Christine Hallquist on Tuesday won the Democratic nomination for Vermont governor, making her the first openly transgender person to win a major party nomination for statewide office.

With 35 percent of precincts reporting, the AP declared Hallquist the winner. Hallquist is leading with 46 percent of the vote. Her closest rival, progressive activist Brenda Siege, had 24 percent of the vote.

If elected in November, Hallquist would become the nation's first transgender governor and the first openly transgender person elected statewide in Vermont.

Masen Davis, CEO of Freedom for All Americans, said that Hallquist's victory was “a hallmark moment for transgender visibility” and that it “serves as a reminder of the transitional impact we have when we come out, speak out and share our stories.”

Hallquist, a former CEO of the Vermont Electric Cooperative, was endorsed by the LGBTQ Victory Fund, which supports out candidates.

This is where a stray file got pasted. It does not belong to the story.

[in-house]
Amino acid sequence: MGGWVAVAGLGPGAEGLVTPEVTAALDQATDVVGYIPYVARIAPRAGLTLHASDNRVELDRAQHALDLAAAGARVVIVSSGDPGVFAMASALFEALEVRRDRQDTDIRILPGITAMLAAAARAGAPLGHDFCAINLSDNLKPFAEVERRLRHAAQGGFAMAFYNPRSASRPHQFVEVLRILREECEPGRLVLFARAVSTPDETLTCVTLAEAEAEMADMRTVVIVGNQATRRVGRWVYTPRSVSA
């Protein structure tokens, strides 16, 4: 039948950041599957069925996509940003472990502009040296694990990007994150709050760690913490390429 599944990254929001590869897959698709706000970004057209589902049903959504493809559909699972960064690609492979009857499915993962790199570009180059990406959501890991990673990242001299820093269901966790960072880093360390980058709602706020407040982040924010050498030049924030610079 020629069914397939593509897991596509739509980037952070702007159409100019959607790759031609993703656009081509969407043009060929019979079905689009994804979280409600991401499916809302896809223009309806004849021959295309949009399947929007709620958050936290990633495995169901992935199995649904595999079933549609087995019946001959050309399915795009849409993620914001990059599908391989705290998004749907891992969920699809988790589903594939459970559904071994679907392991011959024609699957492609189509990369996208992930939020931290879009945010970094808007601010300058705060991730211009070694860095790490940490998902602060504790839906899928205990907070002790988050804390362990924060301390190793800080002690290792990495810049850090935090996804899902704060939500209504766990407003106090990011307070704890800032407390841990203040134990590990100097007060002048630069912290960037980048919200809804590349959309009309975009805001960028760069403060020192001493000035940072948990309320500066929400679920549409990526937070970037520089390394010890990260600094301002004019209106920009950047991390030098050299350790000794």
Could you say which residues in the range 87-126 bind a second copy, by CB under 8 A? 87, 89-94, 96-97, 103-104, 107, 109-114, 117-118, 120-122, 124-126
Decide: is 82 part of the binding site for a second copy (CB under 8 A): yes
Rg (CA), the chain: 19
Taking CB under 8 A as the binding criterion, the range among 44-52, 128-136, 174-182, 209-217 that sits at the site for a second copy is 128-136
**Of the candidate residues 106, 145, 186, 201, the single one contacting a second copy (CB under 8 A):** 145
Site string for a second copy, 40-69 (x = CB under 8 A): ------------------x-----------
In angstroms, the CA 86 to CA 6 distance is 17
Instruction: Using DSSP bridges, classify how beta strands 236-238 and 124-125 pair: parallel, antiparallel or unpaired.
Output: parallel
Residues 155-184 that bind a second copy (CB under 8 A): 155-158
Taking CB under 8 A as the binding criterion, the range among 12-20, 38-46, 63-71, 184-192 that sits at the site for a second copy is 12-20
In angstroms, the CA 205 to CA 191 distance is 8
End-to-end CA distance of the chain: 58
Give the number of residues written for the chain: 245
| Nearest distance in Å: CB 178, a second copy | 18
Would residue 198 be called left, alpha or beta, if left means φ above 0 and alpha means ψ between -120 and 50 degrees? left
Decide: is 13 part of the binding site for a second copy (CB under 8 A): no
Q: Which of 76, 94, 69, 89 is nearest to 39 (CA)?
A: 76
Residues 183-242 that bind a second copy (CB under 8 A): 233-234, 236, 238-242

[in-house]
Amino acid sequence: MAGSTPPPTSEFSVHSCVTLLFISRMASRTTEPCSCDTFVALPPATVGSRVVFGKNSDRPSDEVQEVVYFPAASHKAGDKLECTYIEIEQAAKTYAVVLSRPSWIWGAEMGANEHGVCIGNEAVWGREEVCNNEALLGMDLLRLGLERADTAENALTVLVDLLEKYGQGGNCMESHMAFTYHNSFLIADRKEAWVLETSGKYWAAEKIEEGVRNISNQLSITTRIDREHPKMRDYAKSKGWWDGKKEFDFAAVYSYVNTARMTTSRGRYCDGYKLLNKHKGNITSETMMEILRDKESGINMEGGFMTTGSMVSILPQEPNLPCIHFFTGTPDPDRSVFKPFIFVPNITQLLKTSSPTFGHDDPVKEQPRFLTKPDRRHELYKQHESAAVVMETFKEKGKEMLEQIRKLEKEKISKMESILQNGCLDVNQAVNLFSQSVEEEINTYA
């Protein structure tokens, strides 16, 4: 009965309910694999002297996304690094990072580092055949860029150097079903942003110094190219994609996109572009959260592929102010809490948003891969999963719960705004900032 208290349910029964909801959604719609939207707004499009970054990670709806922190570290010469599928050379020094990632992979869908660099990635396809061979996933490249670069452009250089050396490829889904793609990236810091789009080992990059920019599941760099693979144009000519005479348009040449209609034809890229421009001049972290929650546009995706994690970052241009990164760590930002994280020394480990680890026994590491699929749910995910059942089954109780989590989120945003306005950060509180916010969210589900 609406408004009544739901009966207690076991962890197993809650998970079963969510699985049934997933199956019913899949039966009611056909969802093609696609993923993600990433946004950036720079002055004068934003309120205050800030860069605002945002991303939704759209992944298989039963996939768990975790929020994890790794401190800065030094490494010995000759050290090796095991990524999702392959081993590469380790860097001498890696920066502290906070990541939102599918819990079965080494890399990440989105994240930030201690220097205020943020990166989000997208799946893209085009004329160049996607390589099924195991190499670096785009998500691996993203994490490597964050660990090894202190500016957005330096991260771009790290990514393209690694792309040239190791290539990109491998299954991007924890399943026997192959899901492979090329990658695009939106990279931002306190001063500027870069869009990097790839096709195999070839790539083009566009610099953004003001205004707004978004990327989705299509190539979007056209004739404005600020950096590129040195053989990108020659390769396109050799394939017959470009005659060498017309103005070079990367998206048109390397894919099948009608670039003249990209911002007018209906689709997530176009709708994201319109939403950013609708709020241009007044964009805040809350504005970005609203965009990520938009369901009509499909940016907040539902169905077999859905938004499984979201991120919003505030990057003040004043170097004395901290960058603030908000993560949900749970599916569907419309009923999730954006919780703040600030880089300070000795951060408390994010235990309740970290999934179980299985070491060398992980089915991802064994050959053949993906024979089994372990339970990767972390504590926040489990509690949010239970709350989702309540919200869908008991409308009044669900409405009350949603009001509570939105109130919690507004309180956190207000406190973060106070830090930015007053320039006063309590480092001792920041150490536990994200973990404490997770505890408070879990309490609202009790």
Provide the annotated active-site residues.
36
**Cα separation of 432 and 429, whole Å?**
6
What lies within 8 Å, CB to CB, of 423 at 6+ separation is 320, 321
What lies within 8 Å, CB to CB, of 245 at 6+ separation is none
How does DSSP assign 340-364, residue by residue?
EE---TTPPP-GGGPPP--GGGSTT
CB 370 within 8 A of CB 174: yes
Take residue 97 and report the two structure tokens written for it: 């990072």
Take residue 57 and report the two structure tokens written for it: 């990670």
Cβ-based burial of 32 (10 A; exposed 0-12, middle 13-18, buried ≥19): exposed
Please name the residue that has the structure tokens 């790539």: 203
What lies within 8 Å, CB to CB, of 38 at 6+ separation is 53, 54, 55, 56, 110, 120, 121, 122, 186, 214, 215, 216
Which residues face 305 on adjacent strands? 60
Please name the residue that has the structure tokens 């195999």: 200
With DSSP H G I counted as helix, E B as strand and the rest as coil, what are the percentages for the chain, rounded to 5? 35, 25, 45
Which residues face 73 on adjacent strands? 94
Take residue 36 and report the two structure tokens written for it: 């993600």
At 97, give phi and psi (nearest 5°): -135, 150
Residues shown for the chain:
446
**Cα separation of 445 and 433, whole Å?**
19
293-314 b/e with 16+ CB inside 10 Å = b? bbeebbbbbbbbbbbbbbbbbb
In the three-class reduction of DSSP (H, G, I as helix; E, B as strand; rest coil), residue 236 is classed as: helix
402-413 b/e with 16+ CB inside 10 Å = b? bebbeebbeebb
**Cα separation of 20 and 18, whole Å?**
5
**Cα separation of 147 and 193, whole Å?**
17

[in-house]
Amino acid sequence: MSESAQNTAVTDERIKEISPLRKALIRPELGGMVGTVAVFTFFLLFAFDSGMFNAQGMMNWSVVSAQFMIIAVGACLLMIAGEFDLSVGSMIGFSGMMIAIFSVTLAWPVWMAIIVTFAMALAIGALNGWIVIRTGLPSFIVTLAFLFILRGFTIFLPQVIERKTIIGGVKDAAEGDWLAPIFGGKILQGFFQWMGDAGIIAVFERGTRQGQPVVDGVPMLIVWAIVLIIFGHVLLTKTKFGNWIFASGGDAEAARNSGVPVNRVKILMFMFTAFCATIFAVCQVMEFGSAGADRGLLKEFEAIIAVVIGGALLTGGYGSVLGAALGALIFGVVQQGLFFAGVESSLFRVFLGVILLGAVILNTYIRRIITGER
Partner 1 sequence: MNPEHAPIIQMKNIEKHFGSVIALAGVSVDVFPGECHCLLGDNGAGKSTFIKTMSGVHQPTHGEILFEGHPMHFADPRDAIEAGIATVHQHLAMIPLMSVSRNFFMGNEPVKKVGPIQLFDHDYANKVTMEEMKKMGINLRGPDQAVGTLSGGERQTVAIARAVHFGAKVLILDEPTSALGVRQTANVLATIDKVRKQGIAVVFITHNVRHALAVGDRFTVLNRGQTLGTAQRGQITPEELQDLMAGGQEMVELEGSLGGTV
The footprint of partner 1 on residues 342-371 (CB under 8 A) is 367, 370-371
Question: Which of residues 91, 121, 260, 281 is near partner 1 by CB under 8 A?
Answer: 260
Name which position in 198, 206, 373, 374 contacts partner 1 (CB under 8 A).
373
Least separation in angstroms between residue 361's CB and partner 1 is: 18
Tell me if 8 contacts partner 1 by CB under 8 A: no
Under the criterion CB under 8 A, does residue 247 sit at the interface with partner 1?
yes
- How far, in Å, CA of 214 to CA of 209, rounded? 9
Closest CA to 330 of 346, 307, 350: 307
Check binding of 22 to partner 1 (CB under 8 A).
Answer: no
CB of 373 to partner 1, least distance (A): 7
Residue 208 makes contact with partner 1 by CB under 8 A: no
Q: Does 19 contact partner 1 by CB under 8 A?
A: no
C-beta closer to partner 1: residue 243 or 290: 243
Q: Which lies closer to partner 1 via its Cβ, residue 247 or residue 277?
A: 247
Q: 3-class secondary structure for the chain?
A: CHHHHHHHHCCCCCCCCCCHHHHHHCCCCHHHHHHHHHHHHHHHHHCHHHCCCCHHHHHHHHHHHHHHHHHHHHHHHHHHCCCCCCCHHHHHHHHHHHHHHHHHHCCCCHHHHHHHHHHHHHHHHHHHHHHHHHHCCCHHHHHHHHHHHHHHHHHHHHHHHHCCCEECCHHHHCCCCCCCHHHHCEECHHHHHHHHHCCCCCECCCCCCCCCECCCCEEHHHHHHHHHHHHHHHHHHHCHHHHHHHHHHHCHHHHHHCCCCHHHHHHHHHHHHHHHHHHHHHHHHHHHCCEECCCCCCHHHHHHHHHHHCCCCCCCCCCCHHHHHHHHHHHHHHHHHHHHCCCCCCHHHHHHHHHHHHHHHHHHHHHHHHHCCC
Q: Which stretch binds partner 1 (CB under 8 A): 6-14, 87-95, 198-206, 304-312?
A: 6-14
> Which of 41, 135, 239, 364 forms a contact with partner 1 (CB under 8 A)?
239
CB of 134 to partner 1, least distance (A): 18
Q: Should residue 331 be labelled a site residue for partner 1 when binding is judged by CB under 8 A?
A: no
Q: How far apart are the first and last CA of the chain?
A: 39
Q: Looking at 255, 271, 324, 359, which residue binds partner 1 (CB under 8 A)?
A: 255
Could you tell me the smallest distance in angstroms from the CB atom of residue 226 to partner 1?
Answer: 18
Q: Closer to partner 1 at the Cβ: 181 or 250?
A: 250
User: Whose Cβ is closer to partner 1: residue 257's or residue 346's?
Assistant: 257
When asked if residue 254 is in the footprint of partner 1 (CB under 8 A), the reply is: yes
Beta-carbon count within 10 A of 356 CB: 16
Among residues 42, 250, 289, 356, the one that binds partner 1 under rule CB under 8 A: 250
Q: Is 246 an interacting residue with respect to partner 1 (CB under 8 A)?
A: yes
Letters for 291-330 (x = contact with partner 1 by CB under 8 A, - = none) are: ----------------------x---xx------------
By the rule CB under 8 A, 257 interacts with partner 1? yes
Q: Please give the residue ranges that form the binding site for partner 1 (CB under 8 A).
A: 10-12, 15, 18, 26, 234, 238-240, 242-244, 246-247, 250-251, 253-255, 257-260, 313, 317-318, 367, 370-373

Annise Parker, the group's president and CEO, also praised Tuesday's results.

“Many thought it unthinkable a viable trans gubernatorial candidate like Christine would emerge so soon,” Parker said in a statement. “Yet Vermont voters chose Christine not because of her gender identity, but because she is an open and authentic candidate with a long history of service to the state, and who speaks to the issues most important to voters.”

“Christine often attributes Vermonters’ accepting her gender identity to the hard work and bravery of LGBTQ pioneers who came before her – those at Stonewall, the Harvey Milks, and other courageous activists. Now, Christine is a pioneer deserving of that appreciation. Her authenticity, poise and presence on the campaign trail will undoubtedly inspire more trans people to pursue their dreams of a career in elected office, and that will inevitably change America and the world,” she added.

Hallquist's opponent in the general election will be incumbent Governor Phil Scott, a Republican. Scott's approval rating sank among Republicans after he signed into law gun control legislation in April.